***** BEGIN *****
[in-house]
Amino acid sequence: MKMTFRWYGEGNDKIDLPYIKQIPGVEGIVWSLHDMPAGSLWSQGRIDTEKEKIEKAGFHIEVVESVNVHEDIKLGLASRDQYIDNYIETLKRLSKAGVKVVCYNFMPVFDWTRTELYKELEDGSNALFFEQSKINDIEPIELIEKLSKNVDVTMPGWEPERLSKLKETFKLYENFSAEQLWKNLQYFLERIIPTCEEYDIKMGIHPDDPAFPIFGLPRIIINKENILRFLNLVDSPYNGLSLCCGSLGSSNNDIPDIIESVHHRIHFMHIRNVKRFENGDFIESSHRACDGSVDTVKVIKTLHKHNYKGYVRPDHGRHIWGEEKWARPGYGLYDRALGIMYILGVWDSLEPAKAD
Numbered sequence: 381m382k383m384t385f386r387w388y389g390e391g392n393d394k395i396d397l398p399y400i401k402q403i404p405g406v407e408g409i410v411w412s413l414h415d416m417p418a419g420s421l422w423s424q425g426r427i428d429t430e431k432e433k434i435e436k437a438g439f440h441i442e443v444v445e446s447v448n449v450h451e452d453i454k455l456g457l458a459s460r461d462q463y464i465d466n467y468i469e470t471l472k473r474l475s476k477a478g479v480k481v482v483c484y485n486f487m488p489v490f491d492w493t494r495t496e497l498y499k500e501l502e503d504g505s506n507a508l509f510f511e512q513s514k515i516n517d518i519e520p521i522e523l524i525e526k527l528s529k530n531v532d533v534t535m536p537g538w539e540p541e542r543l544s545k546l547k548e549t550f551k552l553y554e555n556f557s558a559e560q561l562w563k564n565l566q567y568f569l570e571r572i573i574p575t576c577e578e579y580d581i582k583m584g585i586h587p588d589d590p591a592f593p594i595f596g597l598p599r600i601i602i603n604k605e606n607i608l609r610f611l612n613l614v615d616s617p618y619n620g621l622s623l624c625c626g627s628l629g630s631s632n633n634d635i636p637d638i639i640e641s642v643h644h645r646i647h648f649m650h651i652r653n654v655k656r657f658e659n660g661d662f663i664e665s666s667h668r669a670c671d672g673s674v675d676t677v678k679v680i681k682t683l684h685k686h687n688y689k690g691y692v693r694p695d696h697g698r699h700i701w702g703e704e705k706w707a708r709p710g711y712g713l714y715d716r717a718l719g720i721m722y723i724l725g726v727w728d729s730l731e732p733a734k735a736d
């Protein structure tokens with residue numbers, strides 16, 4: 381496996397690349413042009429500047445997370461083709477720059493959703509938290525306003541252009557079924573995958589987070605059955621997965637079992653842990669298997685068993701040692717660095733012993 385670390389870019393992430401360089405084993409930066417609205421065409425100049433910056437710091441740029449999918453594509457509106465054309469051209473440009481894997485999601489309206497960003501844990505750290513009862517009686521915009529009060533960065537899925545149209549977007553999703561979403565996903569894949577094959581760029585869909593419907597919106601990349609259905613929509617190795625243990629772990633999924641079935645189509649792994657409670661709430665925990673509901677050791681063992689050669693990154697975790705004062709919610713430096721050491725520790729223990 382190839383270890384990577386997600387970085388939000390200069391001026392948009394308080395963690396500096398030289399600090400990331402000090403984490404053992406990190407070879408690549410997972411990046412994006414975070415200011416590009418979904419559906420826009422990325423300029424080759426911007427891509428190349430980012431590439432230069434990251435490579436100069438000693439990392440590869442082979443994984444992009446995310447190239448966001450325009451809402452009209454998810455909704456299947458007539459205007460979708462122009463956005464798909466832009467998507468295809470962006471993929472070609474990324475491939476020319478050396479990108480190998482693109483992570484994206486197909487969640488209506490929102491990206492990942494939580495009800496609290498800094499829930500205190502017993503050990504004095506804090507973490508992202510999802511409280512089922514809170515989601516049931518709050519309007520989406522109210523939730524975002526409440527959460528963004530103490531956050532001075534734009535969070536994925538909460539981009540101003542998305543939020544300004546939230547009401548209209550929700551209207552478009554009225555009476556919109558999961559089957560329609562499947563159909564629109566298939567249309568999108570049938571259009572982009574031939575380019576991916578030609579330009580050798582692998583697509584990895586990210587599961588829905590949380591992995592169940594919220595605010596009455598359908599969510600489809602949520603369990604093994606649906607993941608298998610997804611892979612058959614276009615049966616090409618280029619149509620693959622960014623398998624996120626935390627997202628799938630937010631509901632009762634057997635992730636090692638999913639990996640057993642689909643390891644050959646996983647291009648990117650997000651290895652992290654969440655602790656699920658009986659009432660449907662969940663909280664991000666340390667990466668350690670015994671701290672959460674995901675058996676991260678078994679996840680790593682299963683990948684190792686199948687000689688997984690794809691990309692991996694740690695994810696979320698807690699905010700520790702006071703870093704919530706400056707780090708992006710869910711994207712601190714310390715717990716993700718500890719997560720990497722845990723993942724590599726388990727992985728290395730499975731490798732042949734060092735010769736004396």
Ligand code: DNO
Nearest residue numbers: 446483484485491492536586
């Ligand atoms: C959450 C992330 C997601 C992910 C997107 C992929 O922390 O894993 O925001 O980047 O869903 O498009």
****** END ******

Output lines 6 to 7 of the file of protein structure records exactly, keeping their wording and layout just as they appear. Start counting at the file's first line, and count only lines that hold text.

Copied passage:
Nearest residue numbers: 446483484485491492536586
């Ligand atoms: C959450 C992330 C997601 C992910 C997107 C992929 O922390 O894993 O925001 O980047 O869903 O498009």